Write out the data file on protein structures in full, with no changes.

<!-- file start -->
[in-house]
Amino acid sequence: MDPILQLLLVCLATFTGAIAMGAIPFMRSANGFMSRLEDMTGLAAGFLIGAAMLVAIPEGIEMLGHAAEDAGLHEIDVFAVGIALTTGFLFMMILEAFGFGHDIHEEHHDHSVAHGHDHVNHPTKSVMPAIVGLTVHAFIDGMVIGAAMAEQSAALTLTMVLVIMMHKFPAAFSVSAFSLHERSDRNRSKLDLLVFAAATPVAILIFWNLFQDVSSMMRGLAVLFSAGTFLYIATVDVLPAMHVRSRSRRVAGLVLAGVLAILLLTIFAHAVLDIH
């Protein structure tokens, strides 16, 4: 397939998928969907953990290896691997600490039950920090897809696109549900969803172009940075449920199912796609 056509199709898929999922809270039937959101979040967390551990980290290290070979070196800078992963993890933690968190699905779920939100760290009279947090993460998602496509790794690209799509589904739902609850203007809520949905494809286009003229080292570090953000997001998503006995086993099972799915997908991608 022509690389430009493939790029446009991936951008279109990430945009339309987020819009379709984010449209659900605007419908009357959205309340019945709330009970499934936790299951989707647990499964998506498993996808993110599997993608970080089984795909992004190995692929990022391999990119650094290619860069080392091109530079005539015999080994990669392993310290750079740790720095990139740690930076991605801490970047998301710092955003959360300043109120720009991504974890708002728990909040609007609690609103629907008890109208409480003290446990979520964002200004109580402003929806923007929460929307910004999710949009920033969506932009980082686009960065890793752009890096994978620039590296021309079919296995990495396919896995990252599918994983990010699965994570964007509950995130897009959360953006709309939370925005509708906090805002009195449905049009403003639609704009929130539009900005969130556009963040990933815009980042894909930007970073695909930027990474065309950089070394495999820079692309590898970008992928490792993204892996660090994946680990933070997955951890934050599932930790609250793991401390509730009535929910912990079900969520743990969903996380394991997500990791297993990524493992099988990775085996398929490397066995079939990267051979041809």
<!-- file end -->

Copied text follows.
[in-house]
Amino acid sequence: MDPILQLLLVCLATFTGAIAMGAIPFMRSANGFMSRLEDMTGLAAGFLIGAAMLVAIPEGIEMLGHAAEDAGLHEIDVFAVGIALTTGFLFMMILEAFGFGHDIHEEHHDHSVAHGHDHVNHPTKSVMPAIVGLTVHAFIDGMVIGAAMAEQSAALTLTMVLVIMMHKFPAAFSVSAFSLHERSDRNRSKLDLLVFAAATPVAILIFWNLFQDVSSMMRGLAVLFSAGTFLYIATVDVLPAMHVRSRSRRVAGLVLAGVLAILLLTIFAHAVLDIH
């Protein structure tokens, strides 16, 4: 397939998928969907953990290896691997600490039950920090897809696109549900969803172009940075449920199912796609 056509199709898929999922809270039937959101979040967390551990980290290290070979070196800078992963993890933690968190699905779920939100760290009279947090993460998602496509790794690209799509589904739902609850203007809520949905494809286009003229080292570090953000997001998503006995086993099972799915997908991608 022509690389430009493939790029446009991936951008279109990430945009339309987020819009379709984010449209659900605007419908009357959205309340019945709330009970499934936790299951989707647990499964998506498993996808993110599997993608970080089984795909992004190995692929990022391999990119650094290619860069080392091109530079005539015999080994990669392993310290750079740790720095990139740690930076991605801490970047998301710092955003959360300043109120720009991504974890708002728990909040609007609690609103629907008890109208409480003290446990979520964002200004109580402003929806923007929460929307910004999710949009920033969506932009980082686009960065890793752009890096994978620039590296021309079919296995990495396919896995990252599918994983990010699965994570964007509950995130897009959360953006709309939370925005509708906090805002009195449905049009403003639609704009929130539009900005969130556009963040990933815009980042894909930007970073695909930027990474065309950089070394495999820079692309590898970008992928490792993204892996660090994946680990933070997955951890934050599932930790609250793991401390509730009535929910912990079900969520743990969903996380394991997500990791297993990524493992099988990775085996398929490397066995079939990267051979041809």